To test the physics centre of your brain, go to:

Magic stays with you

Part of the Waldorf curriculum is on fort-building with children. You might think it is all frivolity, but fort-building is about creating magic with your children as well as teaching them skills to be practical, safe, nurturing and creative. I am quite sad really that there are many grown-ups out there in the world who do not know how to build safe loving homes.

If you look at some photographs on Pinterest, you will see how magical forts are.

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My children’s father and I used to build forts with our children when they were little. We would use bedsheets, cushions and torchlights to create magic – as I was working full-time in those days and did not have much time to spare, I just used glitter pen to draw stars on the sheets, but when shined with torches in a dark room, you see something magical. And we all felt that whenever we crawled into our little fort.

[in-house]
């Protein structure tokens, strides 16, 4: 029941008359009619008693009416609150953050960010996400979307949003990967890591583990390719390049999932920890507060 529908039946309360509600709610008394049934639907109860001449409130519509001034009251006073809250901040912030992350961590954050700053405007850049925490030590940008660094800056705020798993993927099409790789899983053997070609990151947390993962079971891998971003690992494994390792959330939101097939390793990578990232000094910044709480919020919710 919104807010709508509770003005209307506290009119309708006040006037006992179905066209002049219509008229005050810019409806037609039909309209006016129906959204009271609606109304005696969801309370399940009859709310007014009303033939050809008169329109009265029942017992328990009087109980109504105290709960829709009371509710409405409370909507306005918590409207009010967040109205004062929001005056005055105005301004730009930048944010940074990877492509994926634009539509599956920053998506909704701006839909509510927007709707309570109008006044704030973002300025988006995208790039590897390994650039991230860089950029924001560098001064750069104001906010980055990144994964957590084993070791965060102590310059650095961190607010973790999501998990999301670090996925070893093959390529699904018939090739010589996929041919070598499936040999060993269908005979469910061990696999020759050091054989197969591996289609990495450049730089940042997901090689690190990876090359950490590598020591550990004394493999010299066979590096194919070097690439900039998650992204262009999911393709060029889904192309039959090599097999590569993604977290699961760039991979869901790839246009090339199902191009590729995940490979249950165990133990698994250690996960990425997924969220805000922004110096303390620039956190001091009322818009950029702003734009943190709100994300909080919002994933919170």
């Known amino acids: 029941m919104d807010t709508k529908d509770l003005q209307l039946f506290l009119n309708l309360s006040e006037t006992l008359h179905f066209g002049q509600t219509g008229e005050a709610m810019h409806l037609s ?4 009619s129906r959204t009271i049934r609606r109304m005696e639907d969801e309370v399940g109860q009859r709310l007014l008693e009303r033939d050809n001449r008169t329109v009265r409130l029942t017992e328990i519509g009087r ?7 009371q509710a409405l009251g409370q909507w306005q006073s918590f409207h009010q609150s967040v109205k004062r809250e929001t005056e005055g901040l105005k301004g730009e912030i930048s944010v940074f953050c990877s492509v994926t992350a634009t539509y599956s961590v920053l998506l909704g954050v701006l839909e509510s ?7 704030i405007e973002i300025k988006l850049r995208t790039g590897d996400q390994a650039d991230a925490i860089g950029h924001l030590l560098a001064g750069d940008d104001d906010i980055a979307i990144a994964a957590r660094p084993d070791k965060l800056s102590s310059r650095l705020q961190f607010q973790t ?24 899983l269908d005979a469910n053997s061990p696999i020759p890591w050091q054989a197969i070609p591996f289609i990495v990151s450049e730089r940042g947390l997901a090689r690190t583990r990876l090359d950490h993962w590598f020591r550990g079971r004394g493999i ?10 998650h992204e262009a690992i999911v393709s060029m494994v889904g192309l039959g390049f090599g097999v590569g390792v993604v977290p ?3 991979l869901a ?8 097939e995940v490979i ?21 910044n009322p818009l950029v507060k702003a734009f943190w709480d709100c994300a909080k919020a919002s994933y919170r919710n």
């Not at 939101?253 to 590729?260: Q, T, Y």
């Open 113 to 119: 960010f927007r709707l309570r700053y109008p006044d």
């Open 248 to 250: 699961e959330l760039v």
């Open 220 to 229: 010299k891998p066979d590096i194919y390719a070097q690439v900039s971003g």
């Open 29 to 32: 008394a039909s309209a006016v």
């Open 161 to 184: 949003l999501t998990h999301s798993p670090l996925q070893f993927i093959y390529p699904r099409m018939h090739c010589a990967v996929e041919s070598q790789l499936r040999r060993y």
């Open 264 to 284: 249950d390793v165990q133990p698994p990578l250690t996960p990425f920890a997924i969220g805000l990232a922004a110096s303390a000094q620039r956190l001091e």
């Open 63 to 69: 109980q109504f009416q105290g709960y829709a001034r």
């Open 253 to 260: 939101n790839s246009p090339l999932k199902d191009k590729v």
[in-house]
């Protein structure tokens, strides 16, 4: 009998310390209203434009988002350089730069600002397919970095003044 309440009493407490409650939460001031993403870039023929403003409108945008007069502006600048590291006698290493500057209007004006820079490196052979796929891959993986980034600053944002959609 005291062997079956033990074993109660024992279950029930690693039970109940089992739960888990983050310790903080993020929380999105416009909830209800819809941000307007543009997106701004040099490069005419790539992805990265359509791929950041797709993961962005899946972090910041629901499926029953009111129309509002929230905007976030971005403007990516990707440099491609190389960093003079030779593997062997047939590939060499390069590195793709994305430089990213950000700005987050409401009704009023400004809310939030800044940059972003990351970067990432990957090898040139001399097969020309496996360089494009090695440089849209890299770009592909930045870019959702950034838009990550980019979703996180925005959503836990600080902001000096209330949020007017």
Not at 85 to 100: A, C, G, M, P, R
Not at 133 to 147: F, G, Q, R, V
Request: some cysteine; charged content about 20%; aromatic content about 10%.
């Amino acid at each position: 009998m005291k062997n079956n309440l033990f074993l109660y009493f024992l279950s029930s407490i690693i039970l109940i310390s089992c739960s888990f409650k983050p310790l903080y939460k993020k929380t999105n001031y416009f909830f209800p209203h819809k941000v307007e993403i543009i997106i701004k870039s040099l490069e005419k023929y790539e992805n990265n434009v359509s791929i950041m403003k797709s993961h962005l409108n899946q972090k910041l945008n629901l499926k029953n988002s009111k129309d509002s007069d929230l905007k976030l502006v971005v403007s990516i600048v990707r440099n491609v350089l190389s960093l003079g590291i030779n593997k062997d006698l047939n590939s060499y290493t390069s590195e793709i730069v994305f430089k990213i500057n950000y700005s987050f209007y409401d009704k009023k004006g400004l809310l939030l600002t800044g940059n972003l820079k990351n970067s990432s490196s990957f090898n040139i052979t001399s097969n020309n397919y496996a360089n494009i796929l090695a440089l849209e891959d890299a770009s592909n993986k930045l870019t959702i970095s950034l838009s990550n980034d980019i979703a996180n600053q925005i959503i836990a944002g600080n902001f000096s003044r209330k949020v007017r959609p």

The magic stays with you forever. Today, I went shopping for a present for my beloved partner. He is a man who hated possessions so what could I get him? There is so much I want to give him but there is nothing he wants materially. So I decided to buy him materials to build a very grown-up fort – a teepee tent – so that I can create that magic with him on the cliff of our house. I think that is a very precious gift indeed ❤

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F0r an article on how to build a fort, click here

Work hard for the right reason